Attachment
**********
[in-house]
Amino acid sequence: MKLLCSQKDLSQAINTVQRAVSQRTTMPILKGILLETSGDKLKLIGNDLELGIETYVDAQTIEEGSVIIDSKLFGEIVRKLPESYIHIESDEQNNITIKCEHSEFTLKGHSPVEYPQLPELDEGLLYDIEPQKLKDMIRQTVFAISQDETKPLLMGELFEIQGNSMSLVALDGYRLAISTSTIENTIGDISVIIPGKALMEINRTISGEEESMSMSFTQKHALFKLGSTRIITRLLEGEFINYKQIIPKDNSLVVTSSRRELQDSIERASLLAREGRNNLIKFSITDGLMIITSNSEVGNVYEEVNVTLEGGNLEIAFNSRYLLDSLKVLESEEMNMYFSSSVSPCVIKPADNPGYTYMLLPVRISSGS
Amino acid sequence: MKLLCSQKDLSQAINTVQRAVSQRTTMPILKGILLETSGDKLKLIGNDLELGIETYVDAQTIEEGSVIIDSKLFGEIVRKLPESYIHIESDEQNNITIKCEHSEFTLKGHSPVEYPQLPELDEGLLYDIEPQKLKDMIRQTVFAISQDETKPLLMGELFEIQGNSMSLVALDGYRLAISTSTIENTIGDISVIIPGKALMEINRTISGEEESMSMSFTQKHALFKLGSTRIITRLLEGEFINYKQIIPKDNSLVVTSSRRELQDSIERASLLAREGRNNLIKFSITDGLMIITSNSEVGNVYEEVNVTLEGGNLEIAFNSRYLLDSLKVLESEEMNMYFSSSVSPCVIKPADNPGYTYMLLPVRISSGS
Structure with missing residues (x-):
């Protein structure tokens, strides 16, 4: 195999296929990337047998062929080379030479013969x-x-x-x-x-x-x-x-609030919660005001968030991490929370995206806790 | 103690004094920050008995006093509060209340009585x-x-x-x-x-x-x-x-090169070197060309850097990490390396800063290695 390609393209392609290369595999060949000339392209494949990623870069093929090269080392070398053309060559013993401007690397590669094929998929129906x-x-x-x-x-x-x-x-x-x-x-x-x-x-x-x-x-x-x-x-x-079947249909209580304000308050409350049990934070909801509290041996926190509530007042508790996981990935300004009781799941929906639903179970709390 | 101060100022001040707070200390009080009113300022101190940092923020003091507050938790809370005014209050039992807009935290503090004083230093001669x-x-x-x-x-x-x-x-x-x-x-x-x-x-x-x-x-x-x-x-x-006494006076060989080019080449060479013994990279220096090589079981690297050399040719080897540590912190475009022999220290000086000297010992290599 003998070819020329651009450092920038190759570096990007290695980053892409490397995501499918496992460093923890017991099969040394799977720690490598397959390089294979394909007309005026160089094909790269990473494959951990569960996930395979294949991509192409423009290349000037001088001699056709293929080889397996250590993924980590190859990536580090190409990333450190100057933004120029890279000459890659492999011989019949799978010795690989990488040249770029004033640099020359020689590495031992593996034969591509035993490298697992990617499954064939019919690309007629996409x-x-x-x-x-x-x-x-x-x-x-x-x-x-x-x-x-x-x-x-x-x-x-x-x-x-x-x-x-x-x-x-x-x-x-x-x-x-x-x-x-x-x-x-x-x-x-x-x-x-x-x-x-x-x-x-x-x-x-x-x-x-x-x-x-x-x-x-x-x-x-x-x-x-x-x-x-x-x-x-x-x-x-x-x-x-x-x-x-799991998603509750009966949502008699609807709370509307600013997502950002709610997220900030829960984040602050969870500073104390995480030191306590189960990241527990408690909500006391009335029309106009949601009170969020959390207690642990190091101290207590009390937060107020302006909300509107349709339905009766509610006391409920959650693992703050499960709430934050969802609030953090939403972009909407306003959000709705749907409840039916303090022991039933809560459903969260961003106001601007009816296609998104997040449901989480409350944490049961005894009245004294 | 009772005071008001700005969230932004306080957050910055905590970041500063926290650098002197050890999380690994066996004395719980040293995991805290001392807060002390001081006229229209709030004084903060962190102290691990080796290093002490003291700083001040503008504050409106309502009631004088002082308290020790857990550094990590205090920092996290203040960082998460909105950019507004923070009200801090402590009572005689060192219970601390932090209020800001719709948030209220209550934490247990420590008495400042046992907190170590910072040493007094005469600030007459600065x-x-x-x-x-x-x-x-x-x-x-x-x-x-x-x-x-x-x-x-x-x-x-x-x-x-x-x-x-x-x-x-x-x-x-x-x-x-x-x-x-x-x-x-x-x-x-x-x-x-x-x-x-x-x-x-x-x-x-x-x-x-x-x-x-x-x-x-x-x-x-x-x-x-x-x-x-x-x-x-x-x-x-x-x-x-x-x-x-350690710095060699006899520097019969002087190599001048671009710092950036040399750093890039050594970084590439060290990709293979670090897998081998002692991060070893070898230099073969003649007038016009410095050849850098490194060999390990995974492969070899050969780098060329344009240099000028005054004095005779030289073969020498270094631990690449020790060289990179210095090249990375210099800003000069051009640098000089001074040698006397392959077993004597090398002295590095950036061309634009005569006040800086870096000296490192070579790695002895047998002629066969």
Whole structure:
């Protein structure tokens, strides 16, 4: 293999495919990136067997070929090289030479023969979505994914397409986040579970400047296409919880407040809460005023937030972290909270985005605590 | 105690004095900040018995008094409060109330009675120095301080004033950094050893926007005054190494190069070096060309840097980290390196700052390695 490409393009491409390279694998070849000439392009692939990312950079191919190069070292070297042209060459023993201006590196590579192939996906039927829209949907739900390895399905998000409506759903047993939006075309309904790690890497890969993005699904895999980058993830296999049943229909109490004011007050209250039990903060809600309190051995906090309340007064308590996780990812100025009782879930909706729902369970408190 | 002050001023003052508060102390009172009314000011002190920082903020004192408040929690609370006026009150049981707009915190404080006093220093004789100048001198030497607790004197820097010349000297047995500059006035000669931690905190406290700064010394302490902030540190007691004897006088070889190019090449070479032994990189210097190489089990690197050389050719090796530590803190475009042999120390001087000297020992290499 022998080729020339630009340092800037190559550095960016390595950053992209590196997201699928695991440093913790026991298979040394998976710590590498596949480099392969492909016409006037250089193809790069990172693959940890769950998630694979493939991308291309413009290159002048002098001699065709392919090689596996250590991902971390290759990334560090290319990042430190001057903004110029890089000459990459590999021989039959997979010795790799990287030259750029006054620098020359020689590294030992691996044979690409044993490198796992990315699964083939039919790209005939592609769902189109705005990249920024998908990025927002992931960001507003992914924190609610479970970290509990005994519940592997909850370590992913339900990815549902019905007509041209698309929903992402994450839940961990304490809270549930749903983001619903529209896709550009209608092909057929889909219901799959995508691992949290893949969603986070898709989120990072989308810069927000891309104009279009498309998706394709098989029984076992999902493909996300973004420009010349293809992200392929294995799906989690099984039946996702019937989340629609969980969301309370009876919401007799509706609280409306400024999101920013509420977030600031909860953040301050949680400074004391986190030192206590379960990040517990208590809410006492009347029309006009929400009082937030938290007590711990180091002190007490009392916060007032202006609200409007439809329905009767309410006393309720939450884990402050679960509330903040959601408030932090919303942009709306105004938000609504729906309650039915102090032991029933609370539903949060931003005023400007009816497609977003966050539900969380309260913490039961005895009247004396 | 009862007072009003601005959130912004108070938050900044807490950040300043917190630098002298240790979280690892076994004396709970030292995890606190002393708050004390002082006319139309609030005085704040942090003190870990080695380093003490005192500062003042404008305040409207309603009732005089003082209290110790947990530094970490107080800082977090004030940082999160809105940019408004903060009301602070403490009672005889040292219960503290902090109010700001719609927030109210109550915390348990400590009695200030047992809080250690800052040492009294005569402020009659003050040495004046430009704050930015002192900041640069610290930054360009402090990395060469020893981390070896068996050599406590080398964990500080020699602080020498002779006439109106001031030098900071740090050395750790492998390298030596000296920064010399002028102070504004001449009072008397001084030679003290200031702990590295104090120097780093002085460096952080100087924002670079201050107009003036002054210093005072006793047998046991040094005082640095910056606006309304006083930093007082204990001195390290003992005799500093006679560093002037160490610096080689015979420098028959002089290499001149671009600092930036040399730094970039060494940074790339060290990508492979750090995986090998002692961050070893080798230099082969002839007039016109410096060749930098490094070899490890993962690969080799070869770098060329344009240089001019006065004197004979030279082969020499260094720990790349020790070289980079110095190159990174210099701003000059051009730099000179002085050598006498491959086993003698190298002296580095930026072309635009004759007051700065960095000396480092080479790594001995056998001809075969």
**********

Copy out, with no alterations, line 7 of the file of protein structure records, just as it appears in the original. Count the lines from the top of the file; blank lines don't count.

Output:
């Protein structure tokens, strides 16, 4: 293999495919990136067997070929090289030479023969979505994914397409986040579970400047296409919880407040809460005023937030972290909270985005605590 | 105690004095900040018995008094409060109330009675120095301080004033950094050893926007005054190494190069070096060309840097980290390196700052390695 490409393009491409390279694998070849000439392009692939990312950079191919190069070292070297042209060459023993201006590196590579192939996906039927829209949907739900390895399905998000409506759903047993939006075309309904790690890497890969993005699904895999980058993830296999049943229909109490004011007050209250039990903060809600309190051995906090309340007064308590996780990812100025009782879930909706729902369970408190 | 002050001023003052508060102390009172009314000011002190920082903020004192408040929690609370006026009150049981707009915190404080006093220093004789100048001198030497607790004197820097010349000297047995500059006035000669931690905190406290700064010394302490902030540190007691004897006088070889190019090449070479032994990189210097190489089990690197050389050719090796530590803190475009042999120390001087000297020992290499 022998080729020339630009340092800037190559550095960016390595950053992209590196997201699928695991440093913790026991298979040394998976710590590498596949480099392969492909016409006037250089193809790069990172693959940890769950998630694979493939991308291309413009290159002048002098001699065709392919090689596996250590991902971390290759990334560090290319990042430190001057903004110029890089000459990459590999021989039959997979010795790799990287030259750029006054620098020359020689590294030992691996044979690409044993490198796992990315699964083939039919790209005939592609769902189109705005990249920024998908990025927002992931960001507003992914924190609610479970970290509990005994519940592997909850370590992913339900990815549902019905007509041209698309929903992402994450839940961990304490809270549930749903983001619903529209896709550009209608092909057929889909219901799959995508691992949290893949969603986070898709989120990072989308810069927000891309104009279009498309998706394709098989029984076992999902493909996300973004420009010349293809992200392929294995799906989690099984039946996702019937989340629609969980969301309370009876919401007799509706609280409306400024999101920013509420977030600031909860953040301050949680400074004391986190030192206590379960990040517990208590809410006492009347029309006009929400009082937030938290007590711990180091002190007490009392916060007032202006609200409007439809329905009767309410006393309720939450884990402050679960509330903040959601408030932090919303942009709306105004938000609504729906309650039915102090032991029933609370539903949060931003005023400007009816497609977003966050539900969380309260913490039961005895009247004396 | 009862007072009003601005959130912004108070938050900044807490950040300043917190630098002298240790979280690892076994004396709970030292995890606190002393708050004390002082006319139309609030005085704040942090003190870990080695380093003490005192500062003042404008305040409207309603009732005089003082209290110790947990530094970490107080800082977090004030940082999160809105940019408004903060009301602070403490009672005889040292219960503290902090109010700001719609927030109210109550915390348990400590009695200030047992809080250690800052040492009294005569402020009659003050040495004046430009704050930015002192900041640069610290930054360009402090990395060469020893981390070896068996050599406590080398964990500080020699602080020498002779006439109106001031030098900071740090050395750790492998390298030596000296920064010399002028102070504004001449009072008397001084030679003290200031702990590295104090120097780093002085460096952080100087924002670079201050107009003036002054210093005072006793047998046991040094005082640095910056606006309304006083930093007082204990001195390290003992005799500093006679560093002037160490610096080689015979420098028959002089290499001149671009600092930036040399730094970039060494940074790339060290990508492979750090995986090998002692961050070893080798230099082969002839007039016109410096060749930098490094070899490890993962690969080799070869770098060329344009240089001019006065004197004979030279082969020499260094720990790349020790070289980079110095190159990174210099701003000059051009730099000179002085050598006498491959086993003698190298002296580095930026072309635009004759007051700065960095000396480092080479790594001995056998001809075969």